What is Chickenpox (Varicella) 

What is Chickenpox (Varicella) and How does it spread?

Chickenpox is a highly contagious infection caused by the varicella-zoster virus.

“A blister-like rash comes across the body and It is common for those infected to have between 250 and 500 itchy, annoying blisters. The babies, adults and those who have weekened immune system

are at a high risk. getting done the vaccination is the best prevention. “

What is Chickenpox (Varicella) vaccine and Why should Travelers get the vaccine ?

The chickenpox vaccine is safe and effective.Getting the Chickenpox vaccine can protect you against the varicella-zoster virus. In Canada, Passport health offers the Varivax vaccine. ” the chickenpox vaccine is safe and effective.Getting the Chickenpox vaccine can protect you against the varicella-zoster virus. In Canada, Passport health offers the Varivax vaccine. This provides protection against chickenpox and is approved for use in children 12 to 15 months and four to six-years-old.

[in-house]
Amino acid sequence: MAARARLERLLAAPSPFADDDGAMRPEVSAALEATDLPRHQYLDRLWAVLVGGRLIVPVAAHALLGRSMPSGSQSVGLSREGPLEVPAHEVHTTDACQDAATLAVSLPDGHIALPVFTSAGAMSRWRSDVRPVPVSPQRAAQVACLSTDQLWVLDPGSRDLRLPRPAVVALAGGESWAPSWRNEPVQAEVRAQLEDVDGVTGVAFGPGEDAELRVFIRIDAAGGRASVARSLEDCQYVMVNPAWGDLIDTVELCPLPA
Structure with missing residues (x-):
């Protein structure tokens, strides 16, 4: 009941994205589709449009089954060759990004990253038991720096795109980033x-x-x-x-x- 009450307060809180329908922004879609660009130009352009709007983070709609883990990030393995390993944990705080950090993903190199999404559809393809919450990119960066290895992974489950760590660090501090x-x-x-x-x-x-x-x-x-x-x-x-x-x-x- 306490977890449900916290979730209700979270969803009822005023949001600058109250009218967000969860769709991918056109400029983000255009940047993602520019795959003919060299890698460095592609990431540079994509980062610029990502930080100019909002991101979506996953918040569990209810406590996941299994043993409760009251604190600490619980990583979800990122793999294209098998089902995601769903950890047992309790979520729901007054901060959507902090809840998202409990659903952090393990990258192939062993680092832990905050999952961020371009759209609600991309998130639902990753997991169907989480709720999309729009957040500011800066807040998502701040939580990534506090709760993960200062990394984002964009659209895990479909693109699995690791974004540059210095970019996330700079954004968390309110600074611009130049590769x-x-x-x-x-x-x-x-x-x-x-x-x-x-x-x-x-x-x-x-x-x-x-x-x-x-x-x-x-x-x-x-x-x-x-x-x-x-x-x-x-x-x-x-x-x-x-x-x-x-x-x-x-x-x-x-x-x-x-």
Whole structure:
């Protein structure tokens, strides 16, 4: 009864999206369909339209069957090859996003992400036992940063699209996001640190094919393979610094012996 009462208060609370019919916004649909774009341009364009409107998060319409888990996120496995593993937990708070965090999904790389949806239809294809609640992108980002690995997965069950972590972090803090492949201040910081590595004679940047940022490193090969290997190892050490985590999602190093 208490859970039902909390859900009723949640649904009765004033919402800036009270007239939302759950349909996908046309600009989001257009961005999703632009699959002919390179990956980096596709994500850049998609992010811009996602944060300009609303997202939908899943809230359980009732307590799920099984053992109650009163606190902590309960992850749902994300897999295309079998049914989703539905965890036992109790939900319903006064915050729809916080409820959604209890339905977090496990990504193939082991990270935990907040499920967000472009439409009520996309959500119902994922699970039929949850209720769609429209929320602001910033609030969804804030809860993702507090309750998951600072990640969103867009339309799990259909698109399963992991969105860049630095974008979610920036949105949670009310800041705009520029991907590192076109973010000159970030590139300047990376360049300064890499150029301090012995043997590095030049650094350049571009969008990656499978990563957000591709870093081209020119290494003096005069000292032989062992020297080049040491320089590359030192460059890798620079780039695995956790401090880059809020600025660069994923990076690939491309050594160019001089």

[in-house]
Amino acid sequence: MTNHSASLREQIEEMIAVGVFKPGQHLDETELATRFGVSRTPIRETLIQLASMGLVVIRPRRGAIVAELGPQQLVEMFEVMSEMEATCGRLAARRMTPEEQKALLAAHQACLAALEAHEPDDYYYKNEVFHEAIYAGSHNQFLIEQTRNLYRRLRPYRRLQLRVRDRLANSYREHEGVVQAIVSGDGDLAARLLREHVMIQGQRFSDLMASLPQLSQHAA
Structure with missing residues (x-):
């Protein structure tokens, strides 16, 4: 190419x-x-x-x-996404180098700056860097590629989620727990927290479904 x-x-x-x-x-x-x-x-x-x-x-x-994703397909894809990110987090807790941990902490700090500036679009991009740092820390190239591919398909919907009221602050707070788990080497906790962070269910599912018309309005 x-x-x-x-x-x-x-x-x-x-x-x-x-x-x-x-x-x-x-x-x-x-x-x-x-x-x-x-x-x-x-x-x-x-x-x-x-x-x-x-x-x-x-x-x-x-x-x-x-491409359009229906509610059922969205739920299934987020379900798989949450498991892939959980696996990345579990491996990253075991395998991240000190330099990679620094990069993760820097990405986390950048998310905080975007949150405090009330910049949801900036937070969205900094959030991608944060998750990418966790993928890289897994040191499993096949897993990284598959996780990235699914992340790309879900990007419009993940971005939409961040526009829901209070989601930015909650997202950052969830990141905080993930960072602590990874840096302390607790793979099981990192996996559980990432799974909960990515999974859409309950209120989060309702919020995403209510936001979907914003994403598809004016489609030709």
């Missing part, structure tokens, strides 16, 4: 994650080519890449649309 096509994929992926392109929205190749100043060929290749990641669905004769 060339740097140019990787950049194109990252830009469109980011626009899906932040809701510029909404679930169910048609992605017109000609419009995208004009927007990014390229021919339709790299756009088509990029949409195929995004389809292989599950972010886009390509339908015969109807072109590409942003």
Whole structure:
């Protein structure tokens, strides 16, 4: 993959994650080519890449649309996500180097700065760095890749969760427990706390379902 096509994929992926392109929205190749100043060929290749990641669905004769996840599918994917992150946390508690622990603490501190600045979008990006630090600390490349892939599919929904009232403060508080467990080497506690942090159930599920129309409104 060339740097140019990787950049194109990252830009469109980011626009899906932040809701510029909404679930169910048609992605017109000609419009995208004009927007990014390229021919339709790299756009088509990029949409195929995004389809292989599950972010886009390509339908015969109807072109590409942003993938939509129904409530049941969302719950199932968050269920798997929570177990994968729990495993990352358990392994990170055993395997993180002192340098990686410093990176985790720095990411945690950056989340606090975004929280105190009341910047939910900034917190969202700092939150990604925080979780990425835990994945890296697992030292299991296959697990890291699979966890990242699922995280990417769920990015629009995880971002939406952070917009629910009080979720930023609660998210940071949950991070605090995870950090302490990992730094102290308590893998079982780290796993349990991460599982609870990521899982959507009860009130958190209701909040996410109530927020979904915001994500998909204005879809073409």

Who should get Chickenpox ( varicella) Vaccine ?

Usually children receive two doses. One is at 12 to 15 months and another is at four to six-years-old. The second dose can be given after at least three months,

if necessary. Usually children receive two doses. One is at 12 to 15 months and another is at four to six-years-old. The second dose can be given after at least three months, if necessary. Anyone over the age of 13 who has never had chickenpox should get two doses at least 28 days apart.

Individuals who had an allergic reaction to a previous dose, pregnant women and immune compromised persons should not get the vaccine.

Chickenpox (Varicella) Symptoms

  1. Itchy, Fluid-Filled Blisters
  2. Rash (especially on face, chest, and back)
  3. Fever Tiredness Loss of Appetite

What can travelers do to prevent the disease?

  1. Get vaccinated Varicella vaccine
  2. “Documentation of age-appropriate vaccination Preschool-aged children (≥12 months through 3 years of age): 1 dose
  3. School-aged children (≥4 years of age), adolescents, and adults: 2 doses”